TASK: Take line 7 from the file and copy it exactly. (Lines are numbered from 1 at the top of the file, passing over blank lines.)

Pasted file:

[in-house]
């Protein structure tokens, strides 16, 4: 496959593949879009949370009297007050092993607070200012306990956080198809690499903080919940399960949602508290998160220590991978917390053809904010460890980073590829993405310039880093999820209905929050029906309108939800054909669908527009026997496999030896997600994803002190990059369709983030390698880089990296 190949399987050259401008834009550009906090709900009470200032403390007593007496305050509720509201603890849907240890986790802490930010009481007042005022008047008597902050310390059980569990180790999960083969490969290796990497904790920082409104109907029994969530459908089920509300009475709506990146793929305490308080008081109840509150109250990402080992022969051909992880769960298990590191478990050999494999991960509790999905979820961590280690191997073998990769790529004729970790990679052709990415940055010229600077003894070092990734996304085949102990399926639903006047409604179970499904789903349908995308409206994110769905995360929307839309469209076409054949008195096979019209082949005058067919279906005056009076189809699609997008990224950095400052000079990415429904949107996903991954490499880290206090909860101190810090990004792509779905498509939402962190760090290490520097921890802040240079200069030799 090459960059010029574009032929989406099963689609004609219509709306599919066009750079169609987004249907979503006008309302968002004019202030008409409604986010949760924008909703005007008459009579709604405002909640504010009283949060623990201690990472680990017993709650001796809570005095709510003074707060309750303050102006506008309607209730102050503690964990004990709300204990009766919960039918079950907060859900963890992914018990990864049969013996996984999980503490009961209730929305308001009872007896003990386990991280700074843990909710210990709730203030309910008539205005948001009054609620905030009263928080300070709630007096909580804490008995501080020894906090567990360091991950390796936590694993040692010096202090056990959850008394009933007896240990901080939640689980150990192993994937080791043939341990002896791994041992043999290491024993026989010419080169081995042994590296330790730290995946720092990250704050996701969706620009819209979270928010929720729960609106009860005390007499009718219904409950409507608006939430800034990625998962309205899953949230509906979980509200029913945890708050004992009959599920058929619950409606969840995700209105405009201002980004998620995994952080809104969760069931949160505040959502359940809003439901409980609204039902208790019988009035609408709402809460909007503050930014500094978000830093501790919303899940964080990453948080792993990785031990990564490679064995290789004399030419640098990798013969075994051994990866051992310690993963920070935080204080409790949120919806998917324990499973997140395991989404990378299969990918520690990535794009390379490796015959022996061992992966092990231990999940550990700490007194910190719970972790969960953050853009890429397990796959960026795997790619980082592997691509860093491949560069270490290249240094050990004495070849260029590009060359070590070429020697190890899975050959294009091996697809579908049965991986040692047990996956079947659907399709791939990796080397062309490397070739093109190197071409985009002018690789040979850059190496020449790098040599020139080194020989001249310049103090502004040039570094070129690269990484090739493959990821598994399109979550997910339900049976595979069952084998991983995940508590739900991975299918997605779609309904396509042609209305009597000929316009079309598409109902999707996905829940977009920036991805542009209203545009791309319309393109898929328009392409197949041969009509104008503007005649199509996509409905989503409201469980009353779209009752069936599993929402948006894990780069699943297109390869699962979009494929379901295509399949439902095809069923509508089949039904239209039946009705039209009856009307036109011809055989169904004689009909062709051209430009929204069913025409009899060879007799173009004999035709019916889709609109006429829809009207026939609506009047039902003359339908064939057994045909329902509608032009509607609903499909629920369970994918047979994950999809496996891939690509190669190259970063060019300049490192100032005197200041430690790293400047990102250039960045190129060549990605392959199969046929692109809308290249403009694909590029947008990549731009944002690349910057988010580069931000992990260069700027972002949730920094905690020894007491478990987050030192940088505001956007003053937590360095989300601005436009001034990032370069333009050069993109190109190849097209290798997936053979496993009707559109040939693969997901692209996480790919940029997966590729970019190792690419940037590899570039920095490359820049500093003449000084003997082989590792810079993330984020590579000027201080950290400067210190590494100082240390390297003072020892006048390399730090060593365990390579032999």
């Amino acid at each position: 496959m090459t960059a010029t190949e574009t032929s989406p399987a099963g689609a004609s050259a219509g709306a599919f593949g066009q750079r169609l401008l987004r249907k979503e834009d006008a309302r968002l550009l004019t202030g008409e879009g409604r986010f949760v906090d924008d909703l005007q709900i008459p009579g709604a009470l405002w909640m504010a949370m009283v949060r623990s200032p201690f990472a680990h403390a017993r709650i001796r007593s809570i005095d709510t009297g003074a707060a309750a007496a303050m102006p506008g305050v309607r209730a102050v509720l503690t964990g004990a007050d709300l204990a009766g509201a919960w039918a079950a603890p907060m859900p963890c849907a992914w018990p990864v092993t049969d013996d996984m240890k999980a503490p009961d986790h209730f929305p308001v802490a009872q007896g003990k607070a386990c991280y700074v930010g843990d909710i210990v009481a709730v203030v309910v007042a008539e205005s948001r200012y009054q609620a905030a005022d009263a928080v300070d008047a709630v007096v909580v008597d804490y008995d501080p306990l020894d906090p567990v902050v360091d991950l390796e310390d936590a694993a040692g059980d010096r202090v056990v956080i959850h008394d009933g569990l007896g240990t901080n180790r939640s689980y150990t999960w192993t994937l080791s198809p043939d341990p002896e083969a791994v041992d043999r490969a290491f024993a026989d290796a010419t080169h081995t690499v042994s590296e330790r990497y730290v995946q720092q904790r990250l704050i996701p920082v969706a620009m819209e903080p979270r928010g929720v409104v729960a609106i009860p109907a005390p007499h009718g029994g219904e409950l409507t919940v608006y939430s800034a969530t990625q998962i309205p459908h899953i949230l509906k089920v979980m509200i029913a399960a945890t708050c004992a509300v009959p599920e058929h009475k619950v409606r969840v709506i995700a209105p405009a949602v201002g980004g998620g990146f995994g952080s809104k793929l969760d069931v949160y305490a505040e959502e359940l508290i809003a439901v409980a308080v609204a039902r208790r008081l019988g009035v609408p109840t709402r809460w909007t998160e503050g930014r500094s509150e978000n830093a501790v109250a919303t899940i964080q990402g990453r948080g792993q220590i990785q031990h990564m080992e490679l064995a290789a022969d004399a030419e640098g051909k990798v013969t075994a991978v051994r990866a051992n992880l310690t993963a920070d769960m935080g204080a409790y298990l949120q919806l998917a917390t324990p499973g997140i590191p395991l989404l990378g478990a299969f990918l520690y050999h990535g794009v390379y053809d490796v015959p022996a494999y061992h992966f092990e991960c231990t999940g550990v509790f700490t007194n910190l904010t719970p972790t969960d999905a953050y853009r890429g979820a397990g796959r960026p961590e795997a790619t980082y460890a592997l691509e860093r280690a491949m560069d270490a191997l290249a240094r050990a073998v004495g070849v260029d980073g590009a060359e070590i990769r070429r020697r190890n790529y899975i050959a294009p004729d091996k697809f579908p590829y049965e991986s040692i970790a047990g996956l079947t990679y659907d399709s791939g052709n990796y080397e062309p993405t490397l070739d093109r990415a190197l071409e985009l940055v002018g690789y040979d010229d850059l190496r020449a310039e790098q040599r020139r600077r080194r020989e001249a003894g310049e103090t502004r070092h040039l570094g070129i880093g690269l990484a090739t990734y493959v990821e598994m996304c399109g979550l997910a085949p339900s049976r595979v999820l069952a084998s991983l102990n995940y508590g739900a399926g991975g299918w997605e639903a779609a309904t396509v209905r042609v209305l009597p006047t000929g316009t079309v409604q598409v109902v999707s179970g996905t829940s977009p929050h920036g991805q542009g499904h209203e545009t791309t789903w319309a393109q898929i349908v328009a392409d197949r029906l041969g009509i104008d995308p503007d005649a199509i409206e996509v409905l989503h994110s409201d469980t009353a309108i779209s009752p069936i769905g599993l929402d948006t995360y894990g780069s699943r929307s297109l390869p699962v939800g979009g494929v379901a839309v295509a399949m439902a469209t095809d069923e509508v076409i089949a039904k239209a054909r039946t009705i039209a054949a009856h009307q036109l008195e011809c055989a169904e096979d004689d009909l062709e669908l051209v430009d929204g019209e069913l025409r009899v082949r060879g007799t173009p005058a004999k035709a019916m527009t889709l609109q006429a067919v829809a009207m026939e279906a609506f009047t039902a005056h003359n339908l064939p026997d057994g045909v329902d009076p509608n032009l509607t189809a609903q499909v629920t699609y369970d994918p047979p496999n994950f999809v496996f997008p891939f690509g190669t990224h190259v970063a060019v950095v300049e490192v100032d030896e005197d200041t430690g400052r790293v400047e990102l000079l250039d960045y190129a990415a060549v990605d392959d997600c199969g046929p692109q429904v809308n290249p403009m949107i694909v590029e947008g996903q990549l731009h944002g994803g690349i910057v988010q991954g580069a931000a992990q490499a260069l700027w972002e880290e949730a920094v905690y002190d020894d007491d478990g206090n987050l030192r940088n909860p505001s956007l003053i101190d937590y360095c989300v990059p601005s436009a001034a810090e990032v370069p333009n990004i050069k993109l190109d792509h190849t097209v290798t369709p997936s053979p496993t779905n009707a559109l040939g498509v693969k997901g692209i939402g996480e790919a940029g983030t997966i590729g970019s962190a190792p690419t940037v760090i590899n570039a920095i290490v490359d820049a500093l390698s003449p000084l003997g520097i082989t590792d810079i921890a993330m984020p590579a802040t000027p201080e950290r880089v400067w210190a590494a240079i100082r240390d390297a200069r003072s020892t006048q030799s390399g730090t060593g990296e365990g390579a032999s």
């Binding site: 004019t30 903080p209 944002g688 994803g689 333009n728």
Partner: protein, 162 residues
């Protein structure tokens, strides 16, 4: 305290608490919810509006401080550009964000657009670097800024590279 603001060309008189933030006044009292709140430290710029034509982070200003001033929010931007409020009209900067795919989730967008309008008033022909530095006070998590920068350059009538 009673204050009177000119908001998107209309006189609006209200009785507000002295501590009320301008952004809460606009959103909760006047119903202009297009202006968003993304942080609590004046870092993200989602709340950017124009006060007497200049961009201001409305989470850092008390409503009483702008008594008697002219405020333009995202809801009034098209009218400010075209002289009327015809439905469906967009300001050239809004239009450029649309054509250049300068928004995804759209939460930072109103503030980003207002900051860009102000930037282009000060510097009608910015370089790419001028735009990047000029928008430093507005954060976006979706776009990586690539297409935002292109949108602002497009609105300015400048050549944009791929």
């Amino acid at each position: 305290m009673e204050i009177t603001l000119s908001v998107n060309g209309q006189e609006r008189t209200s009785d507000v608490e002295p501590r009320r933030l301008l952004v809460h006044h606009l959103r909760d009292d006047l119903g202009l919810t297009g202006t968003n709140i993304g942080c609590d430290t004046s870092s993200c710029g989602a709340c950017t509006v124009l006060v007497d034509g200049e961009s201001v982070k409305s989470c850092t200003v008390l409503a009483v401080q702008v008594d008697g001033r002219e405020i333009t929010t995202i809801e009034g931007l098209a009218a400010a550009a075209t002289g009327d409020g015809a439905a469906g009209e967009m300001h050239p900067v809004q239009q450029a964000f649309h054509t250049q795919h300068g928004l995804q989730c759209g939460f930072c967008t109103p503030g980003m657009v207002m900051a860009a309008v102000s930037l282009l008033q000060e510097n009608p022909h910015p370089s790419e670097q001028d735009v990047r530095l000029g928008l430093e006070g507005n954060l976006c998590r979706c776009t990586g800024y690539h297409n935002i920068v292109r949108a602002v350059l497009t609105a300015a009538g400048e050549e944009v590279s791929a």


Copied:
């Amino acid at each position: 305290m009673e204050i009177t603001l000119s908001v998107n060309g209309q006189e609006r008189t209200s009785d507000v608490e002295p501590r009320r933030l301008l952004v809460h006044h606009l959103r909760d009292d006047l119903g202009l919810t297009g202006t968003n709140i993304g942080c609590d430290t004046s870092s993200c710029g989602a709340c950017t509006v124009l006060v007497d034509g200049e961009s201001v982070k409305s989470c850092t200003v008390l409503a009483v401080q702008v008594d008697g001033r002219e405020i333009t929010t995202i809801e009034g931007l098209a009218a400010a550009a075209t002289g009327d409020g015809a439905a469906g009209e967009m300001h050239p900067v809004q239009q450029a964000f649309h054509t250049q795919h300068g928004l995804q989730c759209g939460f930072c967008t109103p503030g980003m657009v207002m900051a860009a309008v102000s930037l282009l008033q000060e510097n009608p022909h910015p370089s790419e670097q001028d735009v990047r530095l000029g928008l430093e006070g507005n954060l976006c998590r979706c776009t990586g800024y690539h297409n935002i920068v292109r949108a602002v350059l497009t609105a300015a009538g400048e050549e944009v590279s791929a």